Saturday, 3 May 2008

Thomas Kohnstamm and Lonely Planet

Recent revelations that Thomas Kohnstamm, a Lonely Planet author (who also worked as a desk editor at Rough Guides' New York office for a while) took freebies while researching their guide to Brazil, have positively rocked our little travel-publishing world. It's not so much that Kohnstamm did it, but that he, or rather his new publishers, have made such a meal of it, in publicizing his book of revelations, Do Travel Writers Go To Hell? His book is an enjoyable, fast-moving shagadrugathon, full of self-doubt and bare flesh, in which cheating on Lonely Planet's rule – "we don't take freebies in exchange for positive coverage"– is the last thing that's going to register in most readers' minds after they've taken in the sheer disorganised, fumbling, narcotic mess of Thomas Kohnstamm's efforts to put together his corner of the Brazil guide (112 pages, we learn). So it's amazing that the folks at Lonely Planet have been getting their underwear so contorted trying to convince their readers that LP authors taking freebies is unheard of. Not everyone at LP seems so sure of that, and according to Peter Munro, writing in The Age (Australia), some of those who've left the publisher, now owned by the BBC's commercial arm, BBC Worldwide, say it happens a fair bit.

In fact it happens with all travel publishers, because the economics of researching and publishing travel guides are so tough. What makes the good guides good – and all publishers have good and bad ones – is the authors behind them. Although it's now only the policy of one or two publishers, including Rough Guides, to pay royalties rather than a flat fee, royalty payments are the way to ensure that authors care about the success and reputation of the book, not trying to impose unenforceable rules about how authors conduct themselves while gathering information as the money leaks away. A good author will slam or ignore a place, or simply give it a jaundiced write-up if it's not up to scratch, even if they have eaten or stayed there for free. And a good publisher cares about the finished product and the response of readers, not what a renegade contributor spouts in order to sell his own book.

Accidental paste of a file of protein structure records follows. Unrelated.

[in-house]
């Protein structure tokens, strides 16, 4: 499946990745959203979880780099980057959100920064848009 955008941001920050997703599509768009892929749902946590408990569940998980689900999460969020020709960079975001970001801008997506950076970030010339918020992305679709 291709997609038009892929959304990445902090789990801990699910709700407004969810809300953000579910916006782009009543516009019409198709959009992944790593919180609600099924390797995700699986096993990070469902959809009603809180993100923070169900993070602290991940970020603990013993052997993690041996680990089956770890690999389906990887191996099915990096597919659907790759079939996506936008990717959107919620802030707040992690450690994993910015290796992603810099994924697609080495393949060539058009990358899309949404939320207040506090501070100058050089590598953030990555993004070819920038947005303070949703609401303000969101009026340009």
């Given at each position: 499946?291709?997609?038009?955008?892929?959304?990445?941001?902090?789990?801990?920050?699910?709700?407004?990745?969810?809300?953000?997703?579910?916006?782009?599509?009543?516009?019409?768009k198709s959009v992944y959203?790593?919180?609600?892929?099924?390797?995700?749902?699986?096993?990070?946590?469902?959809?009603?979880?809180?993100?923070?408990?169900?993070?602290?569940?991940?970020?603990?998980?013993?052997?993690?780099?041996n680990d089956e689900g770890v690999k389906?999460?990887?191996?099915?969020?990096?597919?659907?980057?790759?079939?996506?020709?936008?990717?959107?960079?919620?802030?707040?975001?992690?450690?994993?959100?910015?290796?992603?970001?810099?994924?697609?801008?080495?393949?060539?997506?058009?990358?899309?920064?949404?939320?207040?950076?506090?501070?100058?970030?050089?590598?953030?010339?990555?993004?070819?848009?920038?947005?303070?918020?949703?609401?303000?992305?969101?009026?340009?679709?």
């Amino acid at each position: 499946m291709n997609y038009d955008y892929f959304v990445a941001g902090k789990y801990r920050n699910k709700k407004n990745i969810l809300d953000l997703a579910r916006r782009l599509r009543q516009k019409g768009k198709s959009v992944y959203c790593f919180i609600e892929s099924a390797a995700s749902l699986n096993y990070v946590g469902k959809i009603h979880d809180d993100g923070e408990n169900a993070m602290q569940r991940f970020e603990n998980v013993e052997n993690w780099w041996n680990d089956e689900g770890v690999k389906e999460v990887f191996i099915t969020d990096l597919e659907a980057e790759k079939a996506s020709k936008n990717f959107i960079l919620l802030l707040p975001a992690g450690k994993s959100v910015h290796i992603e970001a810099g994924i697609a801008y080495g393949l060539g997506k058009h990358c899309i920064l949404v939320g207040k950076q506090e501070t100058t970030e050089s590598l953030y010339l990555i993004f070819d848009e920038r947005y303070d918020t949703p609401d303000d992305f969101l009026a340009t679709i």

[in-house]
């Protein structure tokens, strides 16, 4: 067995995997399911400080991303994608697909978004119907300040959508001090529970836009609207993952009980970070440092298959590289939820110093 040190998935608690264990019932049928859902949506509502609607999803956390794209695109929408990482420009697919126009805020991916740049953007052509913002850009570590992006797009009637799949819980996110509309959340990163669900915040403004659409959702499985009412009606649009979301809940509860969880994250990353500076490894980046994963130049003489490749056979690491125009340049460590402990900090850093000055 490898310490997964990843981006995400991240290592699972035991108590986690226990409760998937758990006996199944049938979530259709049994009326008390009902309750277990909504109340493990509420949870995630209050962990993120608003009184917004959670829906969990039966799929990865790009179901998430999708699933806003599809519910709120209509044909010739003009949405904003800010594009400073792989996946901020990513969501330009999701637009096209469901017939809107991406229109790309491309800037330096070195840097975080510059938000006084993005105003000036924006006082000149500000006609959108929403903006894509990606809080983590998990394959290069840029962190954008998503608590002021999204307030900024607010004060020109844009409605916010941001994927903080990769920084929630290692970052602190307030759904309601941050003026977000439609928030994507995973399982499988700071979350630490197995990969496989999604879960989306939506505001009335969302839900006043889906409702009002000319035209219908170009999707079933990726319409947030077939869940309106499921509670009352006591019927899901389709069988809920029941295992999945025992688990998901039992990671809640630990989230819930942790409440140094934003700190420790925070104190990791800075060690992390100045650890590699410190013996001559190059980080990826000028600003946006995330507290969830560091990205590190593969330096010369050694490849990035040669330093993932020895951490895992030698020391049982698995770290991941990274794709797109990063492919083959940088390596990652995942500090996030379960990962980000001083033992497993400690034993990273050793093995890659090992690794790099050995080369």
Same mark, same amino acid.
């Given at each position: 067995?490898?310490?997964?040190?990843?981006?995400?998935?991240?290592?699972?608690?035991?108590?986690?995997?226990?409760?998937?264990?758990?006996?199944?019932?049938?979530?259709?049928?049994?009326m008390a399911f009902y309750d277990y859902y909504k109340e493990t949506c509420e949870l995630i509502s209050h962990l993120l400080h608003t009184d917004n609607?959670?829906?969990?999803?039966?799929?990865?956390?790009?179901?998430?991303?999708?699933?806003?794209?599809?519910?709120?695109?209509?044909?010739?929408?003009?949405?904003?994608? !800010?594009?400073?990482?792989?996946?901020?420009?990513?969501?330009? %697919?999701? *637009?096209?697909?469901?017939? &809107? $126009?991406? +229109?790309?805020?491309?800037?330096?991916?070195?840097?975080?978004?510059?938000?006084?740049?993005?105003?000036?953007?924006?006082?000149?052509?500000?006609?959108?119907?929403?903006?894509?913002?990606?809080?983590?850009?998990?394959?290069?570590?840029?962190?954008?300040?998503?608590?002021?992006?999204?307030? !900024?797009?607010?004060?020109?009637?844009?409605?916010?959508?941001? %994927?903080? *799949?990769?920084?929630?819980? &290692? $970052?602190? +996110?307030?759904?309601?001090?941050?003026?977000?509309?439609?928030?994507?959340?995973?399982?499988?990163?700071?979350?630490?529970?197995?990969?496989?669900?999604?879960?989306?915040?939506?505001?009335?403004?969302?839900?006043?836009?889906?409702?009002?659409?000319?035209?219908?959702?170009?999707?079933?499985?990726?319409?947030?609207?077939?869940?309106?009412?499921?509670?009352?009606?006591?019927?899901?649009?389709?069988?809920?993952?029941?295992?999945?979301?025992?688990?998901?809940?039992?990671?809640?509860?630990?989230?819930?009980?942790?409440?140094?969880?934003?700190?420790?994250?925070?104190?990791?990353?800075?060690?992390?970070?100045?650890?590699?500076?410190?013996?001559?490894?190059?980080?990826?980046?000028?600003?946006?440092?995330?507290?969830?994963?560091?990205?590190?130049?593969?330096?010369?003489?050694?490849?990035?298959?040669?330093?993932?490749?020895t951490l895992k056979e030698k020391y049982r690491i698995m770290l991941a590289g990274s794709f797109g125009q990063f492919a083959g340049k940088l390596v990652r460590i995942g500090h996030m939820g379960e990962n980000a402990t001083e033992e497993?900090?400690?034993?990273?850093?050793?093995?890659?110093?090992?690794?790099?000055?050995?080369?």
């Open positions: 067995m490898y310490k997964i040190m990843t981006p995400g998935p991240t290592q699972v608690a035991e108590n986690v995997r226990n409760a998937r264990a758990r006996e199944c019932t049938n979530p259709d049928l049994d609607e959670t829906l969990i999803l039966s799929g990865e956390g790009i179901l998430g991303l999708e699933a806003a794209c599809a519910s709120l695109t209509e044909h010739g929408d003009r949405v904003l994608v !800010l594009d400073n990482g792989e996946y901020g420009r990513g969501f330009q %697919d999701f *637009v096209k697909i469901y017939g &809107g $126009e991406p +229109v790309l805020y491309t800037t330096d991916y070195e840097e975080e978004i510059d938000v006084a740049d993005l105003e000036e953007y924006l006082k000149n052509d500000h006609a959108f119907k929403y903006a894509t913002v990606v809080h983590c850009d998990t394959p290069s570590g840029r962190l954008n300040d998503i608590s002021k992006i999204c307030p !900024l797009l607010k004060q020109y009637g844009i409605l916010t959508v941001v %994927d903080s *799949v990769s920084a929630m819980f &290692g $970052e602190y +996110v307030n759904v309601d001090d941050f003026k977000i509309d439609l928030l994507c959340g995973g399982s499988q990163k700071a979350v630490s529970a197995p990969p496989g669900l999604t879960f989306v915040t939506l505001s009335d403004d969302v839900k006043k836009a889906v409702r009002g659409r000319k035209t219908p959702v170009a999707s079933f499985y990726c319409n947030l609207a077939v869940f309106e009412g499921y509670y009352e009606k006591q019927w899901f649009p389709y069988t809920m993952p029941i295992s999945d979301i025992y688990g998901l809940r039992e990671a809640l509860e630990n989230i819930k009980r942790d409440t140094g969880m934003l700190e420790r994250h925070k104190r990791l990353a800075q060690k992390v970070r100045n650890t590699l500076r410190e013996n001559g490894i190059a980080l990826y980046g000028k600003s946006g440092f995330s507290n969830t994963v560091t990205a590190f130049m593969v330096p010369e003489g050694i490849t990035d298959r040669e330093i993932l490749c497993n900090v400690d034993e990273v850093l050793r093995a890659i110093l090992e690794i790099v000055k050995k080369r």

Now, who's going to be the first Rough rebel? Too late, LP's rebel got there first.

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